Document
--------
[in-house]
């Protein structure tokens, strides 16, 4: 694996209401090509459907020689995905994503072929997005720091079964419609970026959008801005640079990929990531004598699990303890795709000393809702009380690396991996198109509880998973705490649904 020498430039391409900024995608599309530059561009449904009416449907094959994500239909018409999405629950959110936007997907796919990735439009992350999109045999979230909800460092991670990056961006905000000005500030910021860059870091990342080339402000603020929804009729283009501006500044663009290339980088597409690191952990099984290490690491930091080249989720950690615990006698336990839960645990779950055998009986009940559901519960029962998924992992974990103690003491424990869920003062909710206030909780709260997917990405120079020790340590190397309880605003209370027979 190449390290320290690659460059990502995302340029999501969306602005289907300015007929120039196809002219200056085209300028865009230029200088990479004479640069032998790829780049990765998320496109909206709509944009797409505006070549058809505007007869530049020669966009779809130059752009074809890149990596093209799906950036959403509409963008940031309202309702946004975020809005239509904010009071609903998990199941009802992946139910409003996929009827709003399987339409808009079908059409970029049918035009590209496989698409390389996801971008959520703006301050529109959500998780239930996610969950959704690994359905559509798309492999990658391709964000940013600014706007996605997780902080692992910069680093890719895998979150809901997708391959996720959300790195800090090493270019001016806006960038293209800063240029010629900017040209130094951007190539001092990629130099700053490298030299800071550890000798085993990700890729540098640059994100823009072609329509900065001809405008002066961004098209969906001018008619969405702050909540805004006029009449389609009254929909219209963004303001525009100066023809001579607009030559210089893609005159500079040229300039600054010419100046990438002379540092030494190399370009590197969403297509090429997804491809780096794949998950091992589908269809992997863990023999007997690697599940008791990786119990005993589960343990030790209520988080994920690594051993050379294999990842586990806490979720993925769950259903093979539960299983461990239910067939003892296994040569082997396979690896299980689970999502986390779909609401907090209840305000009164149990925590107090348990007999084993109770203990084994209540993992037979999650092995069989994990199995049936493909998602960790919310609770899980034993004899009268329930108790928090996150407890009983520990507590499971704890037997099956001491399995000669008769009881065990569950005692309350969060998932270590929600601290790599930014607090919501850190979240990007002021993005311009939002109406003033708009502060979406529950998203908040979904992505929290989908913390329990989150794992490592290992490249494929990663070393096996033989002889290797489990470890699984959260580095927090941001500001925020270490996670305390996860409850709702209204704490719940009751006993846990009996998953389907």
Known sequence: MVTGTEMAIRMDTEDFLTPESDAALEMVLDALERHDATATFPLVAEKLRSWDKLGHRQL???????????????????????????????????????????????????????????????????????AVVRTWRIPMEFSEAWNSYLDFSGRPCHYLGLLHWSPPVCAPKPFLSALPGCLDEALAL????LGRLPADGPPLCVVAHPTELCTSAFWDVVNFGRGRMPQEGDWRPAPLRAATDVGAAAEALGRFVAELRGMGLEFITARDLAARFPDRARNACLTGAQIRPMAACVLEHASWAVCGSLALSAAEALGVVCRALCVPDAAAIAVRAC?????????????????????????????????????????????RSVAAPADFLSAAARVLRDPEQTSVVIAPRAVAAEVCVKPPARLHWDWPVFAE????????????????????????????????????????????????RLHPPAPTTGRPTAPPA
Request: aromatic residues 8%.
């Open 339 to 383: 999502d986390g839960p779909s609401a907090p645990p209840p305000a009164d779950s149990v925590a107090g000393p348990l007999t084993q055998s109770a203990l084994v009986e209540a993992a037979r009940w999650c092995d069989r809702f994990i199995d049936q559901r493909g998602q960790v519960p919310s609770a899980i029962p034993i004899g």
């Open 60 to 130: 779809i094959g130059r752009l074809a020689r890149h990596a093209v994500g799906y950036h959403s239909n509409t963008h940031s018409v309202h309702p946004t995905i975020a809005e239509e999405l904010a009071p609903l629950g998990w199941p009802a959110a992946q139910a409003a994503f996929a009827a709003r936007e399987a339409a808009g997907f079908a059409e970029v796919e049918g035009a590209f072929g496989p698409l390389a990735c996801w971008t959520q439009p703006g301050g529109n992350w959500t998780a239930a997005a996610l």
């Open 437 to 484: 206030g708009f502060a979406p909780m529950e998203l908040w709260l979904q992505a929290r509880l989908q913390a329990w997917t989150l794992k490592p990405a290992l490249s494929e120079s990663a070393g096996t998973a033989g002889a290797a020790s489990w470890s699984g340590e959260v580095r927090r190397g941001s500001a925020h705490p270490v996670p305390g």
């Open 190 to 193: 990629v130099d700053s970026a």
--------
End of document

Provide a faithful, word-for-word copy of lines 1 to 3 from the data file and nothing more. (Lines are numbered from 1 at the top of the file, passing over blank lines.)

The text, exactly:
[in-house]
């Protein structure tokens, strides 16, 4: 694996209401090509459907020689995905994503072929997005720091079964419609970026959008801005640079990929990531004598699990303890795709000393809702009380690396991996198109509880998973705490649904 020498430039391409900024995608599309530059561009449904009416449907094959994500239909018409999405629950959110936007997907796919990735439009992350999109045999979230909800460092991670990056961006905000000005500030910021860059870091990342080339402000603020929804009729283009501006500044663009290339980088597409690191952990099984290490690491930091080249989720950690615990006698336990839960645990779950055998009986009940559901519960029962998924992992974990103690003491424990869920003062909710206030909780709260997917990405120079020790340590190397309880605003209370027979 190449390290320290690659460059990502995302340029999501969306602005289907300015007929120039196809002219200056085209300028865009230029200088990479004479640069032998790829780049990765998320496109909206709509944009797409505006070549058809505007007869530049020669966009779809130059752009074809890149990596093209799906950036959403509409963008940031309202309702946004975020809005239509904010009071609903998990199941009802992946139910409003996929009827709003399987339409808009079908059409970029049918035009590209496989698409390389996801971008959520703006301050529109959500998780239930996610969950959704690994359905559509798309492999990658391709964000940013600014706007996605997780902080692992910069680093890719895998979150809901997708391959996720959300790195800090090493270019001016806006960038293209800063240029010629900017040209130094951007190539001092990629130099700053490298030299800071550890000798085993990700890729540098640059994100823009072609329509900065001809405008002066961004098209969906001018008619969405702050909540805004006029009449389609009254929909219209963004303001525009100066023809001579607009030559210089893609005159500079040229300039600054010419100046990438002379540092030494190399370009590197969403297509090429997804491809780096794949998950091992589908269809992997863990023999007997690697599940008791990786119990005993589960343990030790209520988080994920690594051993050379294999990842586990806490979720993925769950259903093979539960299983461990239910067939003892296994040569082997396979690896299980689970999502986390779909609401907090209840305000009164149990925590107090348990007999084993109770203990084994209540993992037979999650092995069989994990199995049936493909998602960790919310609770899980034993004899009268329930108790928090996150407890009983520990507590499971704890037997099956001491399995000669008769009881065990569950005692309350969060998932270590929600601290790599930014607090919501850190979240990007002021993005311009939002109406003033708009502060979406529950998203908040979904992505929290989908913390329990989150794992490592290992490249494929990663070393096996033989002889290797489990470890699984959260580095927090941001500001925020270490996670305390996860409850709702209204704490719940009751006993846990009996998953389907």
Known sequence: MVTGTEMAIRMDTEDFLTPESDAALEMVLDALERHDATATFPLVAEKLRSWDKLGHRQL???????????????????????????????????????????????????????????????????????AVVRTWRIPMEFSEAWNSYLDFSGRPCHYLGLLHWSPPVCAPKPFLSALPGCLDEALAL????LGRLPADGPPLCVVAHPTELCTSAFWDVVNFGRGRMPQEGDWRPAPLRAATDVGAAAEALGRFVAELRGMGLEFITARDLAARFPDRARNACLTGAQIRPMAACVLEHASWAVCGSLALSAAEALGVVCRALCVPDAAAIAVRAC?????????????????????????????????????????????RSVAAPADFLSAAARVLRDPEQTSVVIAPRAVAAEVCVKPPARLHWDWPVFAE????????????????????????????????????????????????RLHPPAPTTGRPTAPPA